Behind the Scenes of Abandoned: Maryland Silk Mill
Written by Alex Rogers, Producer
Silk mills and baseball. The two subjects don't usually go hand-in-hand, but when you're exploring a silk mill that's been abandoned since the 1950s anything can happen. Even baseball.
I was scouting the abandoned silk mill in Lonaconing, MD with the elderly owner Herb Crawford. Thanks to Herb the building had been largely untouched since the last workers filed out for unemployment fifty years ago and the entire building was full of items from that era. However, what really shocked me was what Herb kept safely out of reach behind a locked in a large safe in the old office.
The safe still worked and Herb was the only man left alive who knew the exact combination. What could be left inside the vault after all these years and why would Herb go to the trouble to keep it locked up? At first he was reluctant to reveal the treasures stored inside the old safe but after some appeals he agreed to open it up. I hoped there would be a great historical treasure hidden away inside and I was right: among the files and letters in the safe were stacks of employee identification cards.
Names, ages and dates were all contained here. It was more than a list of silk workers— it was the history of the town of Lonaconing. It seemed like everyone worked there at one time or another and I could understand why the entire town was still attached to the old building. Among the names Herb said, one really stood out: Robert Groves.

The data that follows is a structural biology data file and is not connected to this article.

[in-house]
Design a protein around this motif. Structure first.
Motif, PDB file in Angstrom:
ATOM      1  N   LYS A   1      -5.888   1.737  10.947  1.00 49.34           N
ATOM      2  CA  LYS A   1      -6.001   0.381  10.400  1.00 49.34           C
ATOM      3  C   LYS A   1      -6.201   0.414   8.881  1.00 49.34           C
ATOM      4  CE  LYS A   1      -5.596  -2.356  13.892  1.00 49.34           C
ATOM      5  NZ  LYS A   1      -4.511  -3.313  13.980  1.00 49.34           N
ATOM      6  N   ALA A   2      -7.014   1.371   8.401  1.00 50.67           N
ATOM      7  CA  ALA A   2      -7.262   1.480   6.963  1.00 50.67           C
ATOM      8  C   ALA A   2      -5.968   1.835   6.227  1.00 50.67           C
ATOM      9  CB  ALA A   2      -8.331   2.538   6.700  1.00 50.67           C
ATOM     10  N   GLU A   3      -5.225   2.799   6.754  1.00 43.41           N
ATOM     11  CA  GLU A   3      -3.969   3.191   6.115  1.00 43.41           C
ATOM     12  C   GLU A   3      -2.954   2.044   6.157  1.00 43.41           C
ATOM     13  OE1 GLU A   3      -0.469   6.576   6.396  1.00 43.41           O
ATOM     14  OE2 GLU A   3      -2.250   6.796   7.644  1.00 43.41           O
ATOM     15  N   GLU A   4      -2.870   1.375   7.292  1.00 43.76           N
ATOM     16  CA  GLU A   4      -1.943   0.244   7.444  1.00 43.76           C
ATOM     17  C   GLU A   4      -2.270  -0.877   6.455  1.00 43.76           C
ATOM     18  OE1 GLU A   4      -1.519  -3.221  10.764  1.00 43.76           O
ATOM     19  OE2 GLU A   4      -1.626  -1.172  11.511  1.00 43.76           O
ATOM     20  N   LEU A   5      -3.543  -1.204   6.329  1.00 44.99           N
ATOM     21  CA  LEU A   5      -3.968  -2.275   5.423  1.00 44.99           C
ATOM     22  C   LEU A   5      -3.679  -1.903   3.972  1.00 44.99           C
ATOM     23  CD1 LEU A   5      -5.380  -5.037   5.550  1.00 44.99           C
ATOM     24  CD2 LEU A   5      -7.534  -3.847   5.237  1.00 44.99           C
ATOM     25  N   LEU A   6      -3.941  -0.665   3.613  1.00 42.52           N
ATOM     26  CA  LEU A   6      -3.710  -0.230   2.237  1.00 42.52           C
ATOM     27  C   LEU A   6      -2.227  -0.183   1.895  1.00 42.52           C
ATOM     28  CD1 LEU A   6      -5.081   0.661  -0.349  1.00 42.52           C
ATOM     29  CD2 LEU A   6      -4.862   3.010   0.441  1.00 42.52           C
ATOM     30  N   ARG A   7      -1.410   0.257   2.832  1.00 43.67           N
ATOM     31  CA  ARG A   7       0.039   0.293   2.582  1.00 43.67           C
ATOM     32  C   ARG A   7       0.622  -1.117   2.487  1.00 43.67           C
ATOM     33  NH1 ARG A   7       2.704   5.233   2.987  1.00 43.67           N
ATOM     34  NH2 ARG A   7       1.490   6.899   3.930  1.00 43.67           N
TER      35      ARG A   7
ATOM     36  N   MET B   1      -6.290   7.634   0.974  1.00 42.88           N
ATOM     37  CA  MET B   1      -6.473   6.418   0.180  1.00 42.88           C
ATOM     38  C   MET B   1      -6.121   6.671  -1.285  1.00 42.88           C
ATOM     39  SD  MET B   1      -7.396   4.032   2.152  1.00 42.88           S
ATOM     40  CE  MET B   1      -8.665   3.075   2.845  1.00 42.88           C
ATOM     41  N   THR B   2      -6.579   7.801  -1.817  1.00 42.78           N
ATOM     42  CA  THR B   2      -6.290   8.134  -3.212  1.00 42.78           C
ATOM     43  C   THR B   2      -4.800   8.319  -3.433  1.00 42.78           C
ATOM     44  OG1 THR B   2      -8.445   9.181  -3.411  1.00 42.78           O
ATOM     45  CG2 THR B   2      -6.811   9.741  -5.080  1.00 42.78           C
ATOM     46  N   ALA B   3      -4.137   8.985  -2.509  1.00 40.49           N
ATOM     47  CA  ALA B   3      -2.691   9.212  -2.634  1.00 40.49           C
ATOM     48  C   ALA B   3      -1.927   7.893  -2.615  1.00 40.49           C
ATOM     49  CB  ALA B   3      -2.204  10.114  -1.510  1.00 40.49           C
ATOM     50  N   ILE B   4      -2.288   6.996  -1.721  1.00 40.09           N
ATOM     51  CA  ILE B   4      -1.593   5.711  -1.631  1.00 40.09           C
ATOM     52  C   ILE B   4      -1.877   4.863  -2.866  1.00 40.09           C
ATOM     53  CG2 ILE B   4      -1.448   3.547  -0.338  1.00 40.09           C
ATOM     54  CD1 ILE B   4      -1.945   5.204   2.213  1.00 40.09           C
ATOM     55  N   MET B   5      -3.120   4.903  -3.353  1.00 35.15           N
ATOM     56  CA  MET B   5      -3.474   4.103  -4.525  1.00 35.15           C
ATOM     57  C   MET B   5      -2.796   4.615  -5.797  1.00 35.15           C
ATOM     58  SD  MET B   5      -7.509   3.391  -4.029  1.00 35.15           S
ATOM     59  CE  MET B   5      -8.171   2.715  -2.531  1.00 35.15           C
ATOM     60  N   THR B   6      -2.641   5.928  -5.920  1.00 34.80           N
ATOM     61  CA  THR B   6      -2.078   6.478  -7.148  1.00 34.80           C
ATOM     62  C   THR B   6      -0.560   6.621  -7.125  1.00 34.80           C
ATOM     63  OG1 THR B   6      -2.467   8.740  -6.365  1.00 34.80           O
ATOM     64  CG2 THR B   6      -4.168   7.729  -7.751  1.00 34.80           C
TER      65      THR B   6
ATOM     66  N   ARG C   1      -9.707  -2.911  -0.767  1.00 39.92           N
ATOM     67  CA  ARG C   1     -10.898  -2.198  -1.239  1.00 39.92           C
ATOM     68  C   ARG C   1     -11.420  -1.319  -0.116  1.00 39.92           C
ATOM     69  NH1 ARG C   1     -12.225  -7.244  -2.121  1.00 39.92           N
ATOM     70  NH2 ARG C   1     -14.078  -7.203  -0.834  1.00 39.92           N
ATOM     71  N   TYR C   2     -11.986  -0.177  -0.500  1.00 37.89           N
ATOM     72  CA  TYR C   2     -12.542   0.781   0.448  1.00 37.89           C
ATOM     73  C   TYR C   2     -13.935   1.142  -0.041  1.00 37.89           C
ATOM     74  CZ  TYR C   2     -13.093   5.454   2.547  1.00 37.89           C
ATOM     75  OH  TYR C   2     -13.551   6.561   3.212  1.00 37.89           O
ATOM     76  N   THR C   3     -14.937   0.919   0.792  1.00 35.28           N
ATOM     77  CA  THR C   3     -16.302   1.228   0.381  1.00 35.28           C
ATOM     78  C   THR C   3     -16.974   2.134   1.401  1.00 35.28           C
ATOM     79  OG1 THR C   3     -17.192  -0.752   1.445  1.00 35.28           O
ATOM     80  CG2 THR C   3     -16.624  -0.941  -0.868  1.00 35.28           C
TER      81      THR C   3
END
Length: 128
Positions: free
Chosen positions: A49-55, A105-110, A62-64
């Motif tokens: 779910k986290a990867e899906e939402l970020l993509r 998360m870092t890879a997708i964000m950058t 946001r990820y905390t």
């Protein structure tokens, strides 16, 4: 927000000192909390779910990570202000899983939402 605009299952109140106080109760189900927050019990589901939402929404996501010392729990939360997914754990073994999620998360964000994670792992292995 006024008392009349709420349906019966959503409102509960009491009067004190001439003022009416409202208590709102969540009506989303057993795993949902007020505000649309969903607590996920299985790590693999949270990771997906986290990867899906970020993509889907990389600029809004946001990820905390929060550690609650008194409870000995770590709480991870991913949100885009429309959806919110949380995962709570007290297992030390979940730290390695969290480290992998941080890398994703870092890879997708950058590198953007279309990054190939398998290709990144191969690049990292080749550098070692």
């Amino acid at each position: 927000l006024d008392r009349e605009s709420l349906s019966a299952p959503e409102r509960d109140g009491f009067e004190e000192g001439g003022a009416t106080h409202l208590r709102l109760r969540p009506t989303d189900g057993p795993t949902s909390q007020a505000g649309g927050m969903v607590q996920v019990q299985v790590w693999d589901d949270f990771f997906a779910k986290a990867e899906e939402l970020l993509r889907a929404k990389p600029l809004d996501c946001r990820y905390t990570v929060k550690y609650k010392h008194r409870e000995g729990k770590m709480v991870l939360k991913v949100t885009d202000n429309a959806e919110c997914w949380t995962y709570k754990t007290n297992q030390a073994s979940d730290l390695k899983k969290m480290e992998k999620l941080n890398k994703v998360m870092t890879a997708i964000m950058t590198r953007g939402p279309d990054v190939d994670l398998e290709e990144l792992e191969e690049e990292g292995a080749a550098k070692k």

I checked the card. According to that card, Robert Groves was a 16-year-old employee of the silk mill who was leaving to go work at the glass factory across the street. The name had a nice ring to it, I guess. Groves. But other than that it just seemed like any other of the dozen or so names in that safe. Herb told me he was a famous ball player. Really? Never heard of him!
Then I looked him up. It turned out Robert Groves went on to become one of the most famous professional pitchers in baseball history. He was once the highest paid player in history and is immortalized in baseball's Hall of Fame. And he started out as a failed silk mill employee in the little town of Lonaconing.
Abandoned buildings are filled with history, but it's the history and connections you would never have expected that make these places special. I never would have imagined to be holding the employee card of a baseball legend, signed by the man years before he even knew he would become that legend. It was really rediscovering a relic of history that likely even big baseball fans and collectors didn't know about.
It made me wonder what other big stories these names contained.